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A Dictionary of the Older Scottish Tongue (up to 1700)

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First published 1983 (DOST Vol. V).
This entry has not been updated since then but may contain minor corrections and revisions.

Pieté, -ie, n. Also: pyeté. [ME. and e.m.E. piete (a 1310), -ie (16th c.), (1) as an early form of pity, Pité n. 1–3 (a 1310–1604), (2) = piety, Pité n. 4 (1579); OF. pieté (12th c.), clerical adaptation of L. pietās dutifulness, piety, also (in late L.) pity.]

1. The quality of being pitiful; clemency, mildness. = Pité n. 1, Peté n. a.Also personified.(1) 1488 Lag Chart. 15.
We nevertheles movit of piete and of our speciall grace and favours [etc.]
1490 Irland Mir. I. 113/9.
Hevinly fader … schaw ȝour piete and grace to … mankynd
1498 Acta Conc. II. 173. c1420 Wynt. viii. 2433 (L) (see Pité n. 1 (1)). 1513 Doug. ix. viii. 83.
Gyf thar be rewth or piete in ȝour banys
1531 Bell. Boece II. 253.
Makbeth wes gevin als mekill to cruelte as Duncane wes gevin to piete
1562-3 Winȝet II. 60/17.
Bot the pietie of God mot turn away this horrible cryme fra the myndis of his peple
1567 Sat. P. vi. 110.
[To the lord regent] Ȝour foulishe pietie did thame spair befoir
(2) a1500 K. Hart 349.
Madame, scho said, keip Pietie fast
a1508 Kennedy Pass. Christ 102.
Marcy and Piete maid ane full hevy mane

2. A feeling or onset of pity, compassion or sympathy (for, of, also on, a person or his condition). = Pité n. 2, Peté n. b.Also, in the exclamatory phrase allace for pietie. = Pité n. 2 b.(1) 1472 (1476) Reg. Great S. 257/2.
For the compacience and piete quhilkis thai had of the said Archibald
1501 Acta Conc. III. 102.
Throw his grace favouris and piete that he had and shew til his legis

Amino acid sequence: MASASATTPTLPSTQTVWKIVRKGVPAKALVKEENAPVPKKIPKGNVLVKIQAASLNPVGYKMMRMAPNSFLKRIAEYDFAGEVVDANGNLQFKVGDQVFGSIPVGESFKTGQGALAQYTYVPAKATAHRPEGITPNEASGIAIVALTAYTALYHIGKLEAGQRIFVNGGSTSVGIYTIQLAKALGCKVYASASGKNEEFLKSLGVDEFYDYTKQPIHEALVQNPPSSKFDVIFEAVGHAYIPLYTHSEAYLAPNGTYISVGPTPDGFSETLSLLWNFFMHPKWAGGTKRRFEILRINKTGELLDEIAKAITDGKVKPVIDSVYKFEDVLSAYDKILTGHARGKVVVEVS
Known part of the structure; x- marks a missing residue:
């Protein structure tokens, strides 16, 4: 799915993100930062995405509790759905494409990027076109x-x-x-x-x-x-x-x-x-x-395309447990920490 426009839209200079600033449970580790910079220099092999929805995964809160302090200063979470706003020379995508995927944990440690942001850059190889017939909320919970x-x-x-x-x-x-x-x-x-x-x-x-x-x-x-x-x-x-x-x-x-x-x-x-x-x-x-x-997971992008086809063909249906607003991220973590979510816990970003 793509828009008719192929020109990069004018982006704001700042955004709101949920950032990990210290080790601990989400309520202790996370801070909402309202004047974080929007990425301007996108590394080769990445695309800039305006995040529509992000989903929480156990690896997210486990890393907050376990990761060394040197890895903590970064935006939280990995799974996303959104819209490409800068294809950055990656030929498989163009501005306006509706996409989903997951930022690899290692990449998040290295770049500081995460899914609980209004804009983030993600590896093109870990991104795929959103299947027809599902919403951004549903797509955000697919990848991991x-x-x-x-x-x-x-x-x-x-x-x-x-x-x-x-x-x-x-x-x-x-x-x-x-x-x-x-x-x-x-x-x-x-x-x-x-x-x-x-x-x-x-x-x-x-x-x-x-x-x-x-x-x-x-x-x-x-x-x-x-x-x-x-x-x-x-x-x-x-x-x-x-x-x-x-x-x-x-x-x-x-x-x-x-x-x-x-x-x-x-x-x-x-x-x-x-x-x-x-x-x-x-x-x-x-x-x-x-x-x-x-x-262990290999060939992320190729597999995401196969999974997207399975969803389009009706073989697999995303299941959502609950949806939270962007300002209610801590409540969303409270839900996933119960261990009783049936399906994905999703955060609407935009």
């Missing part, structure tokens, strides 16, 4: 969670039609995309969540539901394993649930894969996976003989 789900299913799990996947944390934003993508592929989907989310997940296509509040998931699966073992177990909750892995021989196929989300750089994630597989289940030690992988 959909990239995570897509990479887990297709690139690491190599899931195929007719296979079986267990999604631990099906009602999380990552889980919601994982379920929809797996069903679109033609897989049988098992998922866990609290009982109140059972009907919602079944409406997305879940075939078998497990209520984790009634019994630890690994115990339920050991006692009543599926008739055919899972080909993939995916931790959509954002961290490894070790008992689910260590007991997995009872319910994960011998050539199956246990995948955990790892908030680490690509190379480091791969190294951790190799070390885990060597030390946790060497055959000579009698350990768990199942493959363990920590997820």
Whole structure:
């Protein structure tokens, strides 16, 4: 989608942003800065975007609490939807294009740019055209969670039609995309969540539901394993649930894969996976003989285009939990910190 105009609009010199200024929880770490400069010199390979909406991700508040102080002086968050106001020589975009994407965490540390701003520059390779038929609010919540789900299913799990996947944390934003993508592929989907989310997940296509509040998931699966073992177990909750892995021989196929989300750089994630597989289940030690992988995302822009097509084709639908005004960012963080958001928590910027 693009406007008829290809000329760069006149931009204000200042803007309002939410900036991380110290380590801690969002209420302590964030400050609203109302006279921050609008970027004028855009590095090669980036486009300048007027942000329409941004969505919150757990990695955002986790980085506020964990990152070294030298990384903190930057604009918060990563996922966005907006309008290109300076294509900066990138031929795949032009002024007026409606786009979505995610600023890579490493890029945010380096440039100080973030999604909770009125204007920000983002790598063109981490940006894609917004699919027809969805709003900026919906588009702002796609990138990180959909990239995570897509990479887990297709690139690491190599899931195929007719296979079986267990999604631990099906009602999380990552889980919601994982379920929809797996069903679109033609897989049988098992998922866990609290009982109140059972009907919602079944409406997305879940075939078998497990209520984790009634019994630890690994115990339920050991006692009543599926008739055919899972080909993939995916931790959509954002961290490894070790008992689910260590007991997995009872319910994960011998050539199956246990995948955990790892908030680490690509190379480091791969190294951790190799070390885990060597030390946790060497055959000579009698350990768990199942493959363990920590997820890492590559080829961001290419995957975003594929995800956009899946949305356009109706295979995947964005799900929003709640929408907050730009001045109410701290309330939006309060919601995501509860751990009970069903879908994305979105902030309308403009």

1513 Doug. x. xi. 176.
Haue of wrachit Turnus sum pyete
1533 Gau 91/24.
And giff usz grace … to haiff piete thairof
1538 Crim. Trials I. i. 205.
To haf royth and piete of my sad spous
1560 Rolland Seven S. 5764.
All … had pietie of hir cheir
1561 Q. Kennedy Compendious Ressonyng (ed.) 151/5.
Haifand … piete of ane grit parte of the subiectis of this realme [etc.]
1567 G. Ball. 34.
God … on ȝow hes pietie
Ib. 61.
For pietie sore my hart is pynde
1572 Buch. Detect. (1727) 87.
Thay aucht … to raise sum pietie of the cace
(2) 1562-3 Winȝet I. 30/12.
Bot allace for pietie … quhy remember we not [etc.]

3. A cause of pity or regret. = Pité n. 3, Peté n. c.(1) 1490 Irland Mir. II. 54/10.
Sic … punycioun perpetuall that gret piete is to think or ymagin it
1513 Doug. iii. v. 61.
Scho … Walit so that piete was to heir
c1460 Alex. (Taym.) (ed.) 3510.
That war piete than war oure gude men loist
c1550 Lynd. Meldrum 814.
Quhilk to behald wes greit pietie [: see (= sea)]
(2) c1552 Lynd. Mon. 4033.
Bot tyll declare I thynk piete The panefull clamour horrabyll Off woundit folk
(3) 1560 Rolland Seven S. 1536.
Vnto that nobill trie Quhilk to cut doun it was ane greit pietie
a1586 Maitland Ho. Seytoun 19.
It is ane piete that [etc.]
1616 Haddington Corr. 132.
It is ane pietie of the greitt bowtcharie we mak of prettie men

4. Piety; godliness, devoutness; reverence. Cf. Pité n. 4, Peté n. d. c1460 Thewis Gud Women 13.
A woman suld … Ful of piete and humylitee … bee
1490 Irland Mir. I. 38/5.
And piete is a haly and deuot affeccioune we haue to God [etc.]
a1508 Kennedy Pass. Christ 122.
The angell … halsit hir with reverence and piete
1580 Edinb. B. Rec. IV. 175.
That ane commoun librarie sall be erectit … to the greitt incres of pietie
1588 King Cat. 173 a.
Fra my childheid pietie grew with me [sc. Job]
1650 Boharm Kirk S. 13 Oct.
To censure swearers Saboth breakers and mockers of pietie

b. Dutifulness to parents or relatives; patriotism. Our Lady Piete, a representation of the Virgin holding the dead Christ on her lap.(1) 1513 Doug. i. i. 17.
A worthy man [Aeneas] fulfillit of piete
Ib. ix. 115. 1533 Bell. Livy I. 115/1.
Thai pepill quhilkis throw innative piete [v.r. peite] list defend the barnis fra maist persecucioun of the fader
1560 Rolland Seven S. 2939.
For kindlie lufe and fatherlie pietie
1596 Dalr. II. 283/25. Ib. 16/16 (see Pité n. 4 b).
Bot he burnte in pietie to ward his cuntrie
(2) 1533–4 Dumfr. & Galloway Soc. XXIX. 104.
Of Our Lady Pyete alter
1542 Inv. Wardrobe 58.
With ane image of Our Lady Pietie

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"Pieté n.". Dictionary of the Scots Language. 2004. Scottish Language Dictionaries Ltd. Accessed 24 May 2024 <>



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